Sony shook off its financial woes as it played up its Vita handheld gaming devices and heart-pounding titles for its PlayStation 3 videogame consoles.
Sony Computer Entertainment America president Jack Tretton humbly thanked videogame lovers for remaining devoted to PlayStation 3 and the Japanese entertainment titan's lineup of gadgets, games, films and music.
"This is the Super Bowl for those of us who live and die in the videogame industry," Tretton said of the E3 extravaganza that officially starts in Los Angeles on Tuesday.
Sony showed off coming blockbuster videogames including a new title, "The Last of Us," by the Naughty Dog studio behind the winning "Uncharted" franchise, a riveting new installment of which was also featured at the event.
Sony focused heavily on its Vita, demonstrating how games were being adapted to let players switch between the handheld devices and PS3 consoles without losing continuity.
Tretton also played up the potential to use Vita as a second-screen for PS3 games, indicating that Sony was putting its own spin on Microsoft letting tablets sync to Xbox 360 consoles and Nintendo-made tablet controllers the centerpieces of its new-generation Wii U GamePad consoles.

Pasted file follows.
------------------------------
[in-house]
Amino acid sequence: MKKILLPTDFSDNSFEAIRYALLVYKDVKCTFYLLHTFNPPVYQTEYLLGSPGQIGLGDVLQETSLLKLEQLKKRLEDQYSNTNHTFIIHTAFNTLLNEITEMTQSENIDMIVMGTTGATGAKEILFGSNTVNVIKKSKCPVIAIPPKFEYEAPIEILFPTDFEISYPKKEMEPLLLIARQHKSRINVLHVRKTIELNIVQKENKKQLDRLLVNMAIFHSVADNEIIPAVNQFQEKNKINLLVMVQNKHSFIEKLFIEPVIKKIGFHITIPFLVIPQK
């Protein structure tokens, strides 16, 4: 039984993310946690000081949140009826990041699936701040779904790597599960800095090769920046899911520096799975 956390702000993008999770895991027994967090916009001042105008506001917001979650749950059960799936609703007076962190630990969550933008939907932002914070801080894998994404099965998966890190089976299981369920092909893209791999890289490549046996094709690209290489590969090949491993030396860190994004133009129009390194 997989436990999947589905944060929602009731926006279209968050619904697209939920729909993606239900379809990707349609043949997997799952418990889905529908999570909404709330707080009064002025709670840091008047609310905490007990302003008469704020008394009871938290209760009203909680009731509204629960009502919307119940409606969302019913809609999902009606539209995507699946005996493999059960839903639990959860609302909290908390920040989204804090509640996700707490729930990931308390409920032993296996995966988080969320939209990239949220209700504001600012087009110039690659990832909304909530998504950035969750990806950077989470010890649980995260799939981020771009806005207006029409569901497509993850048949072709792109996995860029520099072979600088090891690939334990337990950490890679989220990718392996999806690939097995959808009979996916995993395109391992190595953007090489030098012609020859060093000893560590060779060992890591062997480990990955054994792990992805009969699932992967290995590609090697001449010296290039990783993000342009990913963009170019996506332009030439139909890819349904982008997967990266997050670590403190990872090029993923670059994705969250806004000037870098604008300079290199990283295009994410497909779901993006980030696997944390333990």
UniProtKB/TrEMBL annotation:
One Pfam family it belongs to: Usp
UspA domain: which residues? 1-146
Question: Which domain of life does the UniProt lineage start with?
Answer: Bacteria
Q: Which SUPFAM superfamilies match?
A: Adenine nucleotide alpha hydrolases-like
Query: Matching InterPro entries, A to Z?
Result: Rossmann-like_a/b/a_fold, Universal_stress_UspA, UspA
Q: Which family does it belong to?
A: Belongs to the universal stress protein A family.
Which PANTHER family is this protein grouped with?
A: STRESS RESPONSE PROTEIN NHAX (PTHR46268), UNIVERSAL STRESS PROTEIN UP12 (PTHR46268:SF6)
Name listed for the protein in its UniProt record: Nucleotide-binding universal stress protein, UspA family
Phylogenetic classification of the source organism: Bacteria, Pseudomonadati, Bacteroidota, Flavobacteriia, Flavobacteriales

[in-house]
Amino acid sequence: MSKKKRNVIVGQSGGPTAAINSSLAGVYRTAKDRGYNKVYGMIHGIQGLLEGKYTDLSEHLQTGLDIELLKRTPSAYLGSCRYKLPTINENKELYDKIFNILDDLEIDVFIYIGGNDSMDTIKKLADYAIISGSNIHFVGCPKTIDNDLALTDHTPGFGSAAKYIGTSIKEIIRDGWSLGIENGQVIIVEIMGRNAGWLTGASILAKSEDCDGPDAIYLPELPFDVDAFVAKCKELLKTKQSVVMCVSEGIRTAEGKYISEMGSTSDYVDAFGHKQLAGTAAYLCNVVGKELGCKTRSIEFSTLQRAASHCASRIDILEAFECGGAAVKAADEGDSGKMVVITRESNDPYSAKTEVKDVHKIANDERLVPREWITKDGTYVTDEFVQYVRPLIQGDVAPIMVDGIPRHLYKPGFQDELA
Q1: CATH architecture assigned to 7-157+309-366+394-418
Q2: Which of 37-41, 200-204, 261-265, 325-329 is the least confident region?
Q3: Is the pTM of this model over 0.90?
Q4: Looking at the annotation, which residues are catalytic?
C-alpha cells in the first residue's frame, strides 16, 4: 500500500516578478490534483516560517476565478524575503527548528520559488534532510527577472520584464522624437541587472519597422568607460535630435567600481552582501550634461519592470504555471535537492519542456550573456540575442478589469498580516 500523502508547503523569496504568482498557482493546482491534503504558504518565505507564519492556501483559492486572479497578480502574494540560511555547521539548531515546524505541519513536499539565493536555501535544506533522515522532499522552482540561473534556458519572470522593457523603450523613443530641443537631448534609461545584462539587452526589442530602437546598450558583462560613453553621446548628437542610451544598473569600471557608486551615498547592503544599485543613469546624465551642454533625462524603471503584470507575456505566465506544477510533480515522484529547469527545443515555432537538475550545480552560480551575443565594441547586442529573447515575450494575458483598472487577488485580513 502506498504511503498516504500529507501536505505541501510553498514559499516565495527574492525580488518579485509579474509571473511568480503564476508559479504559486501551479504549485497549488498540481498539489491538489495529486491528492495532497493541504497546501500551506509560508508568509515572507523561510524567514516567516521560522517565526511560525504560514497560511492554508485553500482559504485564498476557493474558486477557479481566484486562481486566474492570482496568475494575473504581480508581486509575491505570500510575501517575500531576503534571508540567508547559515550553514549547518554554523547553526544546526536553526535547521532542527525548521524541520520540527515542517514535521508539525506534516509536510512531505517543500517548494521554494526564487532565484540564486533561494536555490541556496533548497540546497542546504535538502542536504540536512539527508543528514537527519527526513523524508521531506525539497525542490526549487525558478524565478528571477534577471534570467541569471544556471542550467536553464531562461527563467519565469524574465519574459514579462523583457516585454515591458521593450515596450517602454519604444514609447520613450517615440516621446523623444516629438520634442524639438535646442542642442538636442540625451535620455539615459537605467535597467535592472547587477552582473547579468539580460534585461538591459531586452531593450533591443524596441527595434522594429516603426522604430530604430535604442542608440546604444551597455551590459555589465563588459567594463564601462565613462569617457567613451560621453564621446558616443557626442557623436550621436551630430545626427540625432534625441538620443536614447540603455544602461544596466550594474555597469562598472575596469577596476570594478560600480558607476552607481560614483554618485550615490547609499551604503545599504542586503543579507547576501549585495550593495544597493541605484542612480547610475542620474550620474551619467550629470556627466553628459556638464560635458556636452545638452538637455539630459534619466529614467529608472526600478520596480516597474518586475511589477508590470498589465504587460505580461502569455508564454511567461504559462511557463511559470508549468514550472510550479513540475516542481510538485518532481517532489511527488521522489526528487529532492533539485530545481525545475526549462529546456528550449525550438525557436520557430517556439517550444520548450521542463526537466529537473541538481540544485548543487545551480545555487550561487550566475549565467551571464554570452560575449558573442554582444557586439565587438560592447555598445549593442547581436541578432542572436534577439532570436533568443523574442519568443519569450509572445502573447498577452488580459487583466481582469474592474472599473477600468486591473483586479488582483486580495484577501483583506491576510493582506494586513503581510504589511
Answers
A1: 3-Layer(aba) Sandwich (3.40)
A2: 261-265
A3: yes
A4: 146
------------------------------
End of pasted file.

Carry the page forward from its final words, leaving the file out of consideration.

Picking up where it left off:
"It gives each player their own in-game controls and perspectives," Tretton said of Vita.
French videogame powerhouse Ubisoft tailored a version of its winning "Assassin's Creed" line-up just for the Vita, introducing the first female main character in the franchise and tapping into the handheld devices capabilities.
Sony will release a special "Assassin's Creed: Liberation" bundle, packaging a first-ever white Vita with the videogame when it is released in October.
The beloved "Call of Duty" military shooter franchise is also heading to Vita, according to Tretton.
In April, Sony said it would cut about 10,000 jobs and spend nearly $1 billion on an overhaul that its new chief executive Kazuo Hirai described as "urgent."
Sony has vowed it will swing back into the black as it embarks on the restructuring plan. The firm now forecasts a net profit of 30 billion yen in the current fiscal year to March 2013 on sales of 7.4 trillion yen.
Sony shares tumbled below 1,000 yen Monday for the first time since 1980 and the era of the Walkman, sending the value of the company crashing to less than a tenth of what it was just over a decade ago.
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